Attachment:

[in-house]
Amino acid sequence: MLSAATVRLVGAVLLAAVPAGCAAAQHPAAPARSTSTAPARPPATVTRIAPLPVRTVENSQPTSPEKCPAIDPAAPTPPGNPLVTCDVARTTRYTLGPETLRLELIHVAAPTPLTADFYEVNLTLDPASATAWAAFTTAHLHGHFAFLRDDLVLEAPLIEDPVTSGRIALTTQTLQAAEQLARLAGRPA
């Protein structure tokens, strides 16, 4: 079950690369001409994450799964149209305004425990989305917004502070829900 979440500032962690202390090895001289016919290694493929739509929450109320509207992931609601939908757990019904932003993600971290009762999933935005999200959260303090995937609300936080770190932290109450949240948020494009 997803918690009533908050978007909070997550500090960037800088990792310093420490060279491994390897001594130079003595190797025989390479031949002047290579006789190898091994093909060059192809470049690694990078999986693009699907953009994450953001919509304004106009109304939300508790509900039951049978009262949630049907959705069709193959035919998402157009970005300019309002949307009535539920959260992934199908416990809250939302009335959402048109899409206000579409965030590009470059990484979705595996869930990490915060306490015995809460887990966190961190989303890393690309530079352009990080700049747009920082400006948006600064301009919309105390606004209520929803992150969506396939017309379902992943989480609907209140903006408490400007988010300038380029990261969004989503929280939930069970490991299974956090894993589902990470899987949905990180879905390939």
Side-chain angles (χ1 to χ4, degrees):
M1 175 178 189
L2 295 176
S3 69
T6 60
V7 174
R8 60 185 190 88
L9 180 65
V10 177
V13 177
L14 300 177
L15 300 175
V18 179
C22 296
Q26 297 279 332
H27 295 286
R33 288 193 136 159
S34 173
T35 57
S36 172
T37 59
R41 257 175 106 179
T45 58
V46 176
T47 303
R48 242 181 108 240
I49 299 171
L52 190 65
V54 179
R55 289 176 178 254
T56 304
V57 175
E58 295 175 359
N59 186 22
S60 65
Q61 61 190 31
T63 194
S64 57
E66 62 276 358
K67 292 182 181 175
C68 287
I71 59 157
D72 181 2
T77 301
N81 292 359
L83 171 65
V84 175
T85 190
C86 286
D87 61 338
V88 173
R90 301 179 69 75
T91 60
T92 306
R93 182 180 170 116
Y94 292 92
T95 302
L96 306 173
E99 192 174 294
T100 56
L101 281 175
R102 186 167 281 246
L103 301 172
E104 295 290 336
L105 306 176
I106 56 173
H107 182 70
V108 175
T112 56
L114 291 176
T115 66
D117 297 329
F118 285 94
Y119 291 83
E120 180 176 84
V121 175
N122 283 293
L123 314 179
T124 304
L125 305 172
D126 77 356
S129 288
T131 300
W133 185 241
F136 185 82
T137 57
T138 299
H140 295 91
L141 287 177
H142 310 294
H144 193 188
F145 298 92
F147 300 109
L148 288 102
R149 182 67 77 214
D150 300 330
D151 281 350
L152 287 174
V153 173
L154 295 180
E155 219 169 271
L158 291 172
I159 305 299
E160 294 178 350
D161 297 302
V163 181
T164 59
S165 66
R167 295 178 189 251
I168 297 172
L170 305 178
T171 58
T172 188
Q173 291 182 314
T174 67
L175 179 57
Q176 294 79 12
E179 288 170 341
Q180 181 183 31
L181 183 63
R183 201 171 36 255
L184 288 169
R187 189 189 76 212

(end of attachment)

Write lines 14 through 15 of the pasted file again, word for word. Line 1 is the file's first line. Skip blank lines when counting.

L14 300 177
L15 300 175